The country now plans to put an end to malaria incidents and deaths by 2030, a goal that will be partly achieved by banking on the CHWs but also on behavioral change campaigns in best practices, and increasing access to preventives such as bed mosquito nets, and repellents for high risk persons-boarding school students, night shift employees- secuirty and medical officers among others.

Leke said this meeting is unique in a new found dynamism from the past and also a pivotal moment for the Society and beyond to renew commitments toward the fight against malaria and for grassroots leaders to gather, share, and learn from each other, thus strengthening the global fight against malaria.

“It serves as a platform for those at the forefront of the battle against malaria to amplify their impact through investment, innovation, and integration,” Leke said.

Prof. Leke (middle) lauded Rwanda for leading efforts to eradicate the malaria scourge.

Leke added that the World Malaria Day 2024 will be a key event within the meeting, aligning it with the broader global efforts to eradicate malaria.

Professor Claude Muvunyi, RBC Director General said that Rwanda’s remarkable history in the fight against malaria is characterized by its proactive adoption of innovative strategies deeply rooted in local initiatives.

“As we gather together for this conference, we are honored to share our experiences and play a pivotal role in the collective effort to combat malaria across the African continent and beyond,” said Muvunyi.

Conference sessions will focus on critical areas of malaria research and control, aiming to amplify the numerous efforts underway in the fight against malaria while also providing an opportunity to foster global solutions and encourage international cooperation in malaria control.

Dr. Charles Adekunle, the CEO of the Role Back Malaria (RBM) Parternship to End Malaria said that to make significant progress, the community in the fight against malaria needs to reflect on what is working, not working but especially leadership.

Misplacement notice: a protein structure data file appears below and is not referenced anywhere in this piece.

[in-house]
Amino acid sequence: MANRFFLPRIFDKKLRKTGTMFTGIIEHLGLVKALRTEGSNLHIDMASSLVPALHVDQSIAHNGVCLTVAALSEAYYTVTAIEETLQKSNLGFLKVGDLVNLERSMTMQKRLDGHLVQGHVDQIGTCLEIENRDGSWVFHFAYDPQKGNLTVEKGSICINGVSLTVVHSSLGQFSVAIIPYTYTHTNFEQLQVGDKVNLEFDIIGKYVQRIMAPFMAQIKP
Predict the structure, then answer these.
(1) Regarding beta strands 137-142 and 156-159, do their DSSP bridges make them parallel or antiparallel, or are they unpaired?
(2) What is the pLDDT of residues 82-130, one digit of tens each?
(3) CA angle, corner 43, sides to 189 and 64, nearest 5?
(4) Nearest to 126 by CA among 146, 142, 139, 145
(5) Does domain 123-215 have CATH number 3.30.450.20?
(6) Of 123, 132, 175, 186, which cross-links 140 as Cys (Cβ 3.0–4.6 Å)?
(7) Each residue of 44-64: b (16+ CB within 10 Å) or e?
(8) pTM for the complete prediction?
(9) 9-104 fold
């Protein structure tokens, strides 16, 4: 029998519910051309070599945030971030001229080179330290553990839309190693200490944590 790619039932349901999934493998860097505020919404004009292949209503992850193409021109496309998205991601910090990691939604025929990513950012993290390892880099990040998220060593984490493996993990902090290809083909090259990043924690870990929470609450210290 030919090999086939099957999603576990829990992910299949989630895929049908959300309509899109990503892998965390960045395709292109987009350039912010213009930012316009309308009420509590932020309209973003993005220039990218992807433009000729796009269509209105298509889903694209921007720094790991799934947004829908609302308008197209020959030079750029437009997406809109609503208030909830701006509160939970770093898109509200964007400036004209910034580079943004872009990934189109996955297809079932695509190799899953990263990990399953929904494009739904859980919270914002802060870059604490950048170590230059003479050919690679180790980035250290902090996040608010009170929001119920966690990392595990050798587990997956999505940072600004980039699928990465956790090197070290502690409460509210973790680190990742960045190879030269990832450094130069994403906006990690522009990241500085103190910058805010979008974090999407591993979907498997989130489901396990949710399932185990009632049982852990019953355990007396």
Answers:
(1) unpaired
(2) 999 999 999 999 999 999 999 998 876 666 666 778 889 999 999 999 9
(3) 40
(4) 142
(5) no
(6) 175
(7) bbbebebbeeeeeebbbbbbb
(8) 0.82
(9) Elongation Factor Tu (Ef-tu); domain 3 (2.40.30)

Prof. Claude Mambo Muvunyi, Director General, RBC, speaks at the opening ceremony.

Adekunle said that to end malaria, it starts with a political commitment and leadership- not only from the government alone but leadership from the state,community, and leadership from individuals.

“If we have the tools and do not use them, that does not show leadership. I think leadership is one and the foremost things that I think we need to do and continue to get right,” Adekunle urged.

The MIM society will witness the election of rotatory Presidency with organisation’s members expected to cast their votes but also open up new opportunities for partners to push the visibility of malaria as a global scourge that needs to be addressed through a multi-faceted approach.

Dr. Philip Welkhoff, the Director Malaria program at the Gates Foundation recognized Rwanda’s remarkable leadership when it come to health and revealed that the foundation is more than willing to fund and support more malaria prevention programs on the continent.

Dr. Philip Welkhoff.

“The work that is happening here (in Rwanda), the innovations, the transformation that is happening is an example and an inspiration and a teaching for all of us,” Welkhoff said asking the convening to learn from the best practices.

The conference also took off a moment of silence to recognize efforts of some deceased founders of the MIM society, such as Professor Ogobara Doumbo and Dr. Peter Deris- who contributed in the fight against Malaria at the organisation that is now fully registered as a non-profit with a legal status in Belgium and a secretariat in Cameroon.